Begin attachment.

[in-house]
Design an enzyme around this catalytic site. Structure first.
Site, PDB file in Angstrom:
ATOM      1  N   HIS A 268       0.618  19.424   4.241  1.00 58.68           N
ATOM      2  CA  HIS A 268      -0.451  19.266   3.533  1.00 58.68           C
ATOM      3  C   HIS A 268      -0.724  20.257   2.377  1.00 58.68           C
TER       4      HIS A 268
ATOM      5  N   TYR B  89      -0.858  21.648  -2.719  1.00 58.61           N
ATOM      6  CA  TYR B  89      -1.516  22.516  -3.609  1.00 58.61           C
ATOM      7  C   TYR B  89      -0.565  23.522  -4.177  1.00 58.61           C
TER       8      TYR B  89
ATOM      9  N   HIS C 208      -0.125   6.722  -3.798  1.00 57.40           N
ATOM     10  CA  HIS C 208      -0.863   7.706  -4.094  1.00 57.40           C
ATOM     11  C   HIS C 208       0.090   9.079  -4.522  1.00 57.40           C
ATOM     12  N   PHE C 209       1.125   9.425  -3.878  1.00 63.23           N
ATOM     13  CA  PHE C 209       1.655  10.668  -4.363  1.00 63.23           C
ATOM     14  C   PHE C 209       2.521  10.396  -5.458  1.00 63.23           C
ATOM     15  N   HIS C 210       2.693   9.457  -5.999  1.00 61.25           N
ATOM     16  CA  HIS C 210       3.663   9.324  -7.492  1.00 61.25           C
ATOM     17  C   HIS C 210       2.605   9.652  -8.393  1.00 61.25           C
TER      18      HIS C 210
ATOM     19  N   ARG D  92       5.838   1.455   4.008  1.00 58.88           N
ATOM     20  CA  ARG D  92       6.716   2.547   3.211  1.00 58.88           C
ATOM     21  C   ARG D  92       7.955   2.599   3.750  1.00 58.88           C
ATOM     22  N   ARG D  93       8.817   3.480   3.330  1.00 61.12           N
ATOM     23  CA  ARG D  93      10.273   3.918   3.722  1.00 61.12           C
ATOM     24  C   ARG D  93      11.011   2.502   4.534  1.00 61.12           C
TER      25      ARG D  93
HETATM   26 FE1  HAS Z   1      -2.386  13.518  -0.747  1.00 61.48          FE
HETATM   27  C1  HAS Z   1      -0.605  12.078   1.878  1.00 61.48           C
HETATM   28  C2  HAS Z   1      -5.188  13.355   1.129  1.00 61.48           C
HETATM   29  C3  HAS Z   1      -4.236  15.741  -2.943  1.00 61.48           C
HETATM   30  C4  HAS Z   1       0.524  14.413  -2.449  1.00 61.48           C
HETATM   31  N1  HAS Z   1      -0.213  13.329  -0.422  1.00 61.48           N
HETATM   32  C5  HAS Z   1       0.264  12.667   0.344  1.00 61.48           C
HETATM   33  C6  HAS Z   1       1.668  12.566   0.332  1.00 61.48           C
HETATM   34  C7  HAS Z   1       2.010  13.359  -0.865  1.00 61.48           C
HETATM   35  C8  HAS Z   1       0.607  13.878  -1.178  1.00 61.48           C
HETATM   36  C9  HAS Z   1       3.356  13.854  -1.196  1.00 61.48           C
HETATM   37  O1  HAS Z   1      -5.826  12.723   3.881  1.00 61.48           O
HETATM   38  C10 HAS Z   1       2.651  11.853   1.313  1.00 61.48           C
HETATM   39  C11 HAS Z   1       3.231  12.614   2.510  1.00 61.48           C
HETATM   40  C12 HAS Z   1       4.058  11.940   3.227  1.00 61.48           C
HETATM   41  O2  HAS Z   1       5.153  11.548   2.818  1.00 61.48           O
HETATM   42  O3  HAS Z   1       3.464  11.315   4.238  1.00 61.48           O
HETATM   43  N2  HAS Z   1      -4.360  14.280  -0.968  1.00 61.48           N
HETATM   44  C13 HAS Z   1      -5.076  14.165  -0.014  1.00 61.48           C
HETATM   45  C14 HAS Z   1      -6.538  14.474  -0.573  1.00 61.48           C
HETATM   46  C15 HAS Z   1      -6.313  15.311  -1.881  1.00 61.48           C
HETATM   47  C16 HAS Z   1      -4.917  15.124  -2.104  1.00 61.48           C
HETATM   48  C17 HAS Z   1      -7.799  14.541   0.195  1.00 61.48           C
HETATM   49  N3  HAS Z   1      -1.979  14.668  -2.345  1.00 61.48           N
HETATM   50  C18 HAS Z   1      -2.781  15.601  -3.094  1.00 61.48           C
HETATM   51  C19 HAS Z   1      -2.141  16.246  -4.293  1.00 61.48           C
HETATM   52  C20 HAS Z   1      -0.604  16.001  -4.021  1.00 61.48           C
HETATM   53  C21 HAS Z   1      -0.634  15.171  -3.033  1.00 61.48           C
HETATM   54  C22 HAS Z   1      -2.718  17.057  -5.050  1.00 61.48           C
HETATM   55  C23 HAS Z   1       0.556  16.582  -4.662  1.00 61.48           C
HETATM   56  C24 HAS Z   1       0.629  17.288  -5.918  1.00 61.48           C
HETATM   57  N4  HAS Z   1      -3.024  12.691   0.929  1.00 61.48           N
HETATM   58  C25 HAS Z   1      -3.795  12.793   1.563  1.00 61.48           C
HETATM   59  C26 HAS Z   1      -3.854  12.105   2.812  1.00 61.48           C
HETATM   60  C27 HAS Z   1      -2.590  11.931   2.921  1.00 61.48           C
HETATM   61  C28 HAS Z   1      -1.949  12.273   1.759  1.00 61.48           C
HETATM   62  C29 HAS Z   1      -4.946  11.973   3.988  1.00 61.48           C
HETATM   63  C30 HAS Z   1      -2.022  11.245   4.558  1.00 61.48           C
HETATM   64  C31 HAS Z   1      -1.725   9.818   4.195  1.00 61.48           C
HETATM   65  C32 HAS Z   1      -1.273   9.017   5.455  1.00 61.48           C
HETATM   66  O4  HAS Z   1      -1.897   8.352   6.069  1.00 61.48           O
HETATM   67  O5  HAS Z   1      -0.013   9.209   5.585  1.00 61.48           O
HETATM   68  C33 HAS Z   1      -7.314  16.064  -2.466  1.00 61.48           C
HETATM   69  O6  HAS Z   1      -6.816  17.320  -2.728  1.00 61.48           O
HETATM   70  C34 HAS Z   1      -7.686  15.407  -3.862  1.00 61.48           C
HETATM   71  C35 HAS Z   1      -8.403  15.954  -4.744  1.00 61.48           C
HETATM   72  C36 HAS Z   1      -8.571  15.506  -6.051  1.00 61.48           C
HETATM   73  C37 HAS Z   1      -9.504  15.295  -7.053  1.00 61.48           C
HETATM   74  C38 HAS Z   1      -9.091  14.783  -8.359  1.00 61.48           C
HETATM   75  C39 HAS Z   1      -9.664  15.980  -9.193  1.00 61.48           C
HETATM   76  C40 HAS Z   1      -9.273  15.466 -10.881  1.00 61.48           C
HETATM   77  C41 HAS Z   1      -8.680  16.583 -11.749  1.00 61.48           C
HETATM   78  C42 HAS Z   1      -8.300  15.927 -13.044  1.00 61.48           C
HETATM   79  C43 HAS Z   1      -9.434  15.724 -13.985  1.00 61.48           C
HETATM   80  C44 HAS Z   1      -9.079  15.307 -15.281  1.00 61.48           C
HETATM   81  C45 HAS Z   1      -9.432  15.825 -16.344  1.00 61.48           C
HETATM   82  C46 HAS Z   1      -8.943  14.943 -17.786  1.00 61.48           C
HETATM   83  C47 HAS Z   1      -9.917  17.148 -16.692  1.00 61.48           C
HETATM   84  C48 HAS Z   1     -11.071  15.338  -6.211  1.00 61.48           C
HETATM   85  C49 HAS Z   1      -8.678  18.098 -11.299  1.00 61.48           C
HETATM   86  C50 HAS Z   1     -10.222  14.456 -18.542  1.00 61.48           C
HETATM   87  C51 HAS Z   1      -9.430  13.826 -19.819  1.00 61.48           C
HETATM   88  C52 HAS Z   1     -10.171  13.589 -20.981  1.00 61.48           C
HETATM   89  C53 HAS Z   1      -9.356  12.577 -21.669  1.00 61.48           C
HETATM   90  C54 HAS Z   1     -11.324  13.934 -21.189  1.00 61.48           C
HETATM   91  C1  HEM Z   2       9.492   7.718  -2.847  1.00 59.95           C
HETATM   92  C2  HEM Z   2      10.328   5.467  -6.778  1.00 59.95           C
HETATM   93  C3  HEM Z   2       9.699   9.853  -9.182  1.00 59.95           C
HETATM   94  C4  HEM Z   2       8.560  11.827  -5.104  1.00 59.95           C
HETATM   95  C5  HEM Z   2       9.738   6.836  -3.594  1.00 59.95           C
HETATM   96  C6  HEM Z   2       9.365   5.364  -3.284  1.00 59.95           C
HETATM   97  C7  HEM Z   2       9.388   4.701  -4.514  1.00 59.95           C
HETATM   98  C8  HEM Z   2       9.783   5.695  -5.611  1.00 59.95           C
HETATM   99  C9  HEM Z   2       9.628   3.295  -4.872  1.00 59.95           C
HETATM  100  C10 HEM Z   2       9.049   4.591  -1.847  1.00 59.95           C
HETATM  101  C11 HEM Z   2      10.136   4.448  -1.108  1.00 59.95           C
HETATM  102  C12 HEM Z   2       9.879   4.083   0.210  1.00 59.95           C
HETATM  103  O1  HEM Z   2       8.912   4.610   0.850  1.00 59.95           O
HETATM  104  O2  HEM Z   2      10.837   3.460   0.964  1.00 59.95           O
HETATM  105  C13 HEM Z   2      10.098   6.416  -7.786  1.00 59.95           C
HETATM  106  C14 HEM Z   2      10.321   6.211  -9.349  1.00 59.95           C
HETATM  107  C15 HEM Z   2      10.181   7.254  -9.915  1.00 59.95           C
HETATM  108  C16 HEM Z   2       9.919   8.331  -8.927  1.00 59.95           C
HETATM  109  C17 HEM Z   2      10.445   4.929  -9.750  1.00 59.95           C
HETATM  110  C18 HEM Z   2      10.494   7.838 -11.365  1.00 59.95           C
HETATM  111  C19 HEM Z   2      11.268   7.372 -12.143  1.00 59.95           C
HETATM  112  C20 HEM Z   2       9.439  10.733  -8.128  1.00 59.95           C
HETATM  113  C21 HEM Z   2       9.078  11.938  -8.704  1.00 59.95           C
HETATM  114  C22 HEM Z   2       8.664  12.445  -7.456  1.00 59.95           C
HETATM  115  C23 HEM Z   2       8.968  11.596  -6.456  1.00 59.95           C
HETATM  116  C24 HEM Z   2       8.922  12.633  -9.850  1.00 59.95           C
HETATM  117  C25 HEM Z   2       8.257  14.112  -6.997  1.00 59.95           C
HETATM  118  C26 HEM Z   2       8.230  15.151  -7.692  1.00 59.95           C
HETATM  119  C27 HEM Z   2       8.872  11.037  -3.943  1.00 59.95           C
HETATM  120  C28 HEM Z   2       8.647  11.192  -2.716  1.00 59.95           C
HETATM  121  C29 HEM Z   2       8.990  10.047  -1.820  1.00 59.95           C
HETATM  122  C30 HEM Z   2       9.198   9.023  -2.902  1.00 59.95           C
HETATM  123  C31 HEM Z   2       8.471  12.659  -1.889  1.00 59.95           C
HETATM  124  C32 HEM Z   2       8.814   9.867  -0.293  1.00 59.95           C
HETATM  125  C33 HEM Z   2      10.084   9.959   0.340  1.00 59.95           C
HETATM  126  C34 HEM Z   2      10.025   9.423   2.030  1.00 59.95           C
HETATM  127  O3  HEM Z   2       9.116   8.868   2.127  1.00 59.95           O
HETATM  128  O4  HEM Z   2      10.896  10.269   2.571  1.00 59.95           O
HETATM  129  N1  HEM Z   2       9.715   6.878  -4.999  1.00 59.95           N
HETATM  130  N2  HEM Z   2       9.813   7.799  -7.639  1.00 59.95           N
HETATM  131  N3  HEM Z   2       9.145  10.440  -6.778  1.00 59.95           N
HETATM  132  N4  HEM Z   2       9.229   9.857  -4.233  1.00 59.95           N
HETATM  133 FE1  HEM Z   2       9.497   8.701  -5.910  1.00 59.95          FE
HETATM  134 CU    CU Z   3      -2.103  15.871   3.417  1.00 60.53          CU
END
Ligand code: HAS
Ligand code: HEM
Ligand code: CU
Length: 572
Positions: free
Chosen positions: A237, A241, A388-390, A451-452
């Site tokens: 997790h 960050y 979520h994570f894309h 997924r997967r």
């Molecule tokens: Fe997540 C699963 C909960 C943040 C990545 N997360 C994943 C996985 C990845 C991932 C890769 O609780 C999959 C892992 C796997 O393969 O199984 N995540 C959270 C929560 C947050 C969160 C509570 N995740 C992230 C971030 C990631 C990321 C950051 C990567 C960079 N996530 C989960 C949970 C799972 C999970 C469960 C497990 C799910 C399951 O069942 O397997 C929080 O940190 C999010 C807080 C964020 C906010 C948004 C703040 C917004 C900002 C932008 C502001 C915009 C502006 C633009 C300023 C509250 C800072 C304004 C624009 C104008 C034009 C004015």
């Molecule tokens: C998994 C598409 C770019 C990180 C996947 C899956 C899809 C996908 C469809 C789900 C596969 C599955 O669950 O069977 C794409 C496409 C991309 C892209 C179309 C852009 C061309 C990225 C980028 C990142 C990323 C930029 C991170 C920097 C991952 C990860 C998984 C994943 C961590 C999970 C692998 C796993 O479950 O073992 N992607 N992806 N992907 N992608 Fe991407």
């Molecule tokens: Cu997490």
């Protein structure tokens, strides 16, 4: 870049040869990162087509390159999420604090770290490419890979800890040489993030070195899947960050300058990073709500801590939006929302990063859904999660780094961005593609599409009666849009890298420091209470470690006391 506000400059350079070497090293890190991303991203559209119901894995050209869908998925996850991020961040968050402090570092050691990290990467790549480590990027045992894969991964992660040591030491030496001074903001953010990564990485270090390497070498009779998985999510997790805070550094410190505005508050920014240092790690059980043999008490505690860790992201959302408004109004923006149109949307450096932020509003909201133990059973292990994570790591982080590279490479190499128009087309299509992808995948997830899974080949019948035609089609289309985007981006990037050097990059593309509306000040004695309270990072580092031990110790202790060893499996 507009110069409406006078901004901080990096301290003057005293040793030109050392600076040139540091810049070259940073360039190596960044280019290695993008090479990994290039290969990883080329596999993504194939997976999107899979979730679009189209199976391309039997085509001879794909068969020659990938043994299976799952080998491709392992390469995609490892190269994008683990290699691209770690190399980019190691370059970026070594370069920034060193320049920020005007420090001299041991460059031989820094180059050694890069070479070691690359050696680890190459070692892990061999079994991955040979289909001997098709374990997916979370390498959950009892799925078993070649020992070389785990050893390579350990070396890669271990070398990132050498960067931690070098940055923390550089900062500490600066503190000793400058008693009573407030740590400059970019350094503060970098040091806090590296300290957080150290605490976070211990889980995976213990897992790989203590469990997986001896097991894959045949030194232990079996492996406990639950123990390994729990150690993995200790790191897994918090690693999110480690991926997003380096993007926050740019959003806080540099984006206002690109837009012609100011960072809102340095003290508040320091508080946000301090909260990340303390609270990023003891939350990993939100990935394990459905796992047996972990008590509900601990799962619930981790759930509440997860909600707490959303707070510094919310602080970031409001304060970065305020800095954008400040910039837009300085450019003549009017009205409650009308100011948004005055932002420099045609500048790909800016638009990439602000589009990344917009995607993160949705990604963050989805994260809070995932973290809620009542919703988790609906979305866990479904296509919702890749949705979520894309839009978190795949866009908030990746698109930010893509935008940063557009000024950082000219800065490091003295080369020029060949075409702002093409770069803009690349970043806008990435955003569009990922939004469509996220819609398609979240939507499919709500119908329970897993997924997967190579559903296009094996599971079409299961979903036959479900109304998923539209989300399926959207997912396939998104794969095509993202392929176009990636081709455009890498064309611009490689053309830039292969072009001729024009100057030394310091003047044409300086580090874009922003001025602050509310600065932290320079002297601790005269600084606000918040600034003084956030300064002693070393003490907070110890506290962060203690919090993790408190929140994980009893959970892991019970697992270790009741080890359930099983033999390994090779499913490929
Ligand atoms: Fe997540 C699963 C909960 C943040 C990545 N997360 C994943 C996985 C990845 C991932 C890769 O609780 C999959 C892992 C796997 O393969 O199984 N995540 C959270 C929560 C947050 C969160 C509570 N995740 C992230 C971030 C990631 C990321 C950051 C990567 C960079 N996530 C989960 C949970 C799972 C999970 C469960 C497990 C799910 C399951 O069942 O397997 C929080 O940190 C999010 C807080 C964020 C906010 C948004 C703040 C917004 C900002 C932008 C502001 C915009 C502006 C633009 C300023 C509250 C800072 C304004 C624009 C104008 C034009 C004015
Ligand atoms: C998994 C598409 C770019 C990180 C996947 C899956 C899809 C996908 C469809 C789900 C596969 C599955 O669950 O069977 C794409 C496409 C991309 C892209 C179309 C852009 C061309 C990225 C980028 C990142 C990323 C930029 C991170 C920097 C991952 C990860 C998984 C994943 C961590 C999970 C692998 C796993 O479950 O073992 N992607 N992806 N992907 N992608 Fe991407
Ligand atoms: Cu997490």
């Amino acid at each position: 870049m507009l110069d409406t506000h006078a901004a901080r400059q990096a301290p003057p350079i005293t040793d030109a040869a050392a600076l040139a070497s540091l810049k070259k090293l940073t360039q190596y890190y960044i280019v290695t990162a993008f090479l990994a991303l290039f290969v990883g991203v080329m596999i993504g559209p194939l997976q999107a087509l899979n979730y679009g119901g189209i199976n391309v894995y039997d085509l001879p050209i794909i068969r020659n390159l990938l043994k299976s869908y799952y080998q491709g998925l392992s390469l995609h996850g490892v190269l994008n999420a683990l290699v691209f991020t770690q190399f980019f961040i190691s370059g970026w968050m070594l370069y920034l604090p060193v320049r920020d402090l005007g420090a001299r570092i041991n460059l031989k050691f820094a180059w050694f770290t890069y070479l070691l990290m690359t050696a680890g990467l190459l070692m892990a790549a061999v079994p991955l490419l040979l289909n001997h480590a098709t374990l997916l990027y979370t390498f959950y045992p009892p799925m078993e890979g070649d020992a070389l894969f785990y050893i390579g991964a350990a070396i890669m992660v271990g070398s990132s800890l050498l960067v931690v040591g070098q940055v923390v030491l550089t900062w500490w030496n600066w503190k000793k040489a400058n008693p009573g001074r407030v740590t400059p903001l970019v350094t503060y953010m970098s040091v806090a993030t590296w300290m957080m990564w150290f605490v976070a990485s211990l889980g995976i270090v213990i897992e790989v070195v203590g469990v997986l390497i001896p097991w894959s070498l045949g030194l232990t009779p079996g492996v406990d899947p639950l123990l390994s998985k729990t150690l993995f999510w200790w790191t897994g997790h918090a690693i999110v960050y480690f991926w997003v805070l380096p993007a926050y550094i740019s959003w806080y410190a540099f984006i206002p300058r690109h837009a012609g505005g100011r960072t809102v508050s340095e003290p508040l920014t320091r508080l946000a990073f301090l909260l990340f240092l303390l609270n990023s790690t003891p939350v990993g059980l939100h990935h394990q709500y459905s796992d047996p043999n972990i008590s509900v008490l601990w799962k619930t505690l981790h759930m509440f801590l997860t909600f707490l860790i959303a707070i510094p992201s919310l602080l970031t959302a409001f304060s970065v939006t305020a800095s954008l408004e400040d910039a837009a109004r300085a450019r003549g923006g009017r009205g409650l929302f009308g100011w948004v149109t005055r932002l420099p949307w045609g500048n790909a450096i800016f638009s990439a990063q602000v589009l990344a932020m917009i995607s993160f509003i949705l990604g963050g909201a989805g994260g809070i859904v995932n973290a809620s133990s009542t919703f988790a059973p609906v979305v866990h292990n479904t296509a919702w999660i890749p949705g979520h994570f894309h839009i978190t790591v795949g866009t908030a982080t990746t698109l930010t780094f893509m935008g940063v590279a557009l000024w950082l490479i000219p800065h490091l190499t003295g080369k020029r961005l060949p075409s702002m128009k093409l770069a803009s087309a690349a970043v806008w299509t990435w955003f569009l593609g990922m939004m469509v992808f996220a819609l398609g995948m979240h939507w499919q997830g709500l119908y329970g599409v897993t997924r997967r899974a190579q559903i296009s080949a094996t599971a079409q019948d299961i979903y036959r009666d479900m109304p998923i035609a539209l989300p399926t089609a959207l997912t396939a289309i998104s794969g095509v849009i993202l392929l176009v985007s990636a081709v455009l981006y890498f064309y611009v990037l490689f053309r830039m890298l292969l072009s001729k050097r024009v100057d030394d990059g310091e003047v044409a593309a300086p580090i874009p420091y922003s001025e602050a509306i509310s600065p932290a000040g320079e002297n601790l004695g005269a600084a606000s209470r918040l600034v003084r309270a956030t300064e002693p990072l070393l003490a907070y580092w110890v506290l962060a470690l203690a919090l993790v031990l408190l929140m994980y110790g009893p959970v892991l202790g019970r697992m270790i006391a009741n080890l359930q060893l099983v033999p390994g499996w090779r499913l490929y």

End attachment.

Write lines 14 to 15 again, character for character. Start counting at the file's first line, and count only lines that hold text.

ATOM     11  C   HIS C 208       0.090   9.079  -4.522  1.00 57.40           C
ATOM     12  N   PHE C 209       1.125   9.425  -3.878  1.00 63.23           N